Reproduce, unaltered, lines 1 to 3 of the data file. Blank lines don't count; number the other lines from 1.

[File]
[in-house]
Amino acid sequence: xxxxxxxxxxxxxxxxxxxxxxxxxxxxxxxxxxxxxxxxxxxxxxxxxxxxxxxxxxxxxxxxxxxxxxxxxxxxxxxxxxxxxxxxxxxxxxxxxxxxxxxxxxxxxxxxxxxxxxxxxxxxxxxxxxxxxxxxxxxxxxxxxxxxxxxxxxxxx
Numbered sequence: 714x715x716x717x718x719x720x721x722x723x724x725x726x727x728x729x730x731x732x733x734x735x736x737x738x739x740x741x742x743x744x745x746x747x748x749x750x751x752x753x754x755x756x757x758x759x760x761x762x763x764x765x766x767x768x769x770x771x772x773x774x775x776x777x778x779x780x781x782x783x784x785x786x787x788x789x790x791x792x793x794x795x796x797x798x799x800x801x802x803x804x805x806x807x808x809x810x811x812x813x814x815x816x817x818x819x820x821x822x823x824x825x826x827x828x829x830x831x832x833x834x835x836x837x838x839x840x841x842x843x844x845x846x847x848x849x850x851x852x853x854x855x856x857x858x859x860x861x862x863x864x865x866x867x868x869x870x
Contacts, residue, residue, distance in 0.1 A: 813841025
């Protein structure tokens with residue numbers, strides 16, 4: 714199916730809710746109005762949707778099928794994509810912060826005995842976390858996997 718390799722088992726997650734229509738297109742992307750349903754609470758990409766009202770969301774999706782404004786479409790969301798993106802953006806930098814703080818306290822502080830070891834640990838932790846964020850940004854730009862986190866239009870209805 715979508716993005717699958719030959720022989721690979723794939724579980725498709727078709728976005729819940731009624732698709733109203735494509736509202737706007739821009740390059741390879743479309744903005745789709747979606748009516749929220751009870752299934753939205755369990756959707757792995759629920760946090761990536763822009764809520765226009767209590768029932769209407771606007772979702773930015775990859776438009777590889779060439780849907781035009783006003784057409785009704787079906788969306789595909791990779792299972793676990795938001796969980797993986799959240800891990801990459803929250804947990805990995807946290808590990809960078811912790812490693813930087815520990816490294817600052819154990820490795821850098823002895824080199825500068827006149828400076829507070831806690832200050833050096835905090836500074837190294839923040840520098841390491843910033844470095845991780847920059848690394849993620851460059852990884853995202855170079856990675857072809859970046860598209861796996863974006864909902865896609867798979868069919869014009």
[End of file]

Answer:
[in-house]
Amino acid sequence: xxxxxxxxxxxxxxxxxxxxxxxxxxxxxxxxxxxxxxxxxxxxxxxxxxxxxxxxxxxxxxxxxxxxxxxxxxxxxxxxxxxxxxxxxxxxxxxxxxxxxxxxxxxxxxxxxxxxxxxxxxxxxxxxxxxxxxxxxxxxxxxxxxxxxxxxxxxxx
Numbered sequence: 714x715x716x717x718x719x720x721x722x723x724x725x726x727x728x729x730x731x732x733x734x735x736x737x738x739x740x741x742x743x744x745x746x747x748x749x750x751x752x753x754x755x756x757x758x759x760x761x762x763x764x765x766x767x768x769x770x771x772x773x774x775x776x777x778x779x780x781x782x783x784x785x786x787x788x789x790x791x792x793x794x795x796x797x798x799x800x801x802x803x804x805x806x807x808x809x810x811x812x813x814x815x816x817x818x819x820x821x822x823x824x825x826x827x828x829x830x831x832x833x834x835x836x837x838x839x840x841x842x843x844x845x846x847x848x849x850x851x852x853x854x855x856x857x858x859x860x861x862x863x864x865x866x867x868x869x870x